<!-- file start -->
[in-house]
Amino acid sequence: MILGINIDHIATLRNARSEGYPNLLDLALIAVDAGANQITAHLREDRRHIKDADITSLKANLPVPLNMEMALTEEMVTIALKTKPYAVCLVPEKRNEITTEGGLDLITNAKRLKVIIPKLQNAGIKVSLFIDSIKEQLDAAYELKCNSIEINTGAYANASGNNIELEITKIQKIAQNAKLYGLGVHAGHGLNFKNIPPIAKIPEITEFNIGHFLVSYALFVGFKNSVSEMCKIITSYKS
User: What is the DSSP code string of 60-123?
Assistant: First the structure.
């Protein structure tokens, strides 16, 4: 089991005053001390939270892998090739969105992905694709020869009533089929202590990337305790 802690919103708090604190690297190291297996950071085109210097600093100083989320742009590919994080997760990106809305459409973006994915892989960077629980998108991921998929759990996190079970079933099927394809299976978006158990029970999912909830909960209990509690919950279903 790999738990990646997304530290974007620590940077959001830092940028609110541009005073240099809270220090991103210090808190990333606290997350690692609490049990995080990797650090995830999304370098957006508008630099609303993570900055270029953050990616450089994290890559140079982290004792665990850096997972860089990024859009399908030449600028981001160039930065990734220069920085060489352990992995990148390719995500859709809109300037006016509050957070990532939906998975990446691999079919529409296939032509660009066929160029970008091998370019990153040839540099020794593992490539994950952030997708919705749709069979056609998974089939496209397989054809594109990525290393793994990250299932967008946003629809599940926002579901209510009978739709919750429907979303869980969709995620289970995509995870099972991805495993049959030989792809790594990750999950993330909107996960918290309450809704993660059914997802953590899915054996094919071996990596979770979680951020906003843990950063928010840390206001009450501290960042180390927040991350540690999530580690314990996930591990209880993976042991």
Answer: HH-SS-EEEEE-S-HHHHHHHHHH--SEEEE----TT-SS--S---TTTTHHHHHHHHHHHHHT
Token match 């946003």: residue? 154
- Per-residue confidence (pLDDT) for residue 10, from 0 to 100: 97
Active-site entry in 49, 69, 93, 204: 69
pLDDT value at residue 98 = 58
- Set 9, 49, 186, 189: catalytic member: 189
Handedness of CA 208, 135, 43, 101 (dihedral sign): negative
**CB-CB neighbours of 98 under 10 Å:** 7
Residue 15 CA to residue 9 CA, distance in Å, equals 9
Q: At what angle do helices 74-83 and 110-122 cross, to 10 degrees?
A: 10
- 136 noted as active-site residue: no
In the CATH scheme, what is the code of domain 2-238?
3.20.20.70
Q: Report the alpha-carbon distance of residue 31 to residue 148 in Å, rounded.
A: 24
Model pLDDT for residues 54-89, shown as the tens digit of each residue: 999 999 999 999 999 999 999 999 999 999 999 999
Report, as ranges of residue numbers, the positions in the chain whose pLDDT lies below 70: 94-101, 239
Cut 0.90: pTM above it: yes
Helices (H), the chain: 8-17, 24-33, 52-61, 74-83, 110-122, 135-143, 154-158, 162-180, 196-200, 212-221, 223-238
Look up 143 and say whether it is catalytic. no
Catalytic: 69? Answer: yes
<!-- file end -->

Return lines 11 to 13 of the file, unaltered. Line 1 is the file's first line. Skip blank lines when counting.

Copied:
- Set 9, 49, 186, 189: catalytic member: 189
Handedness of CA 208, 135, 43, 101 (dihedral sign): negative
**CB-CB neighbours of 98 under 10 Å:** 7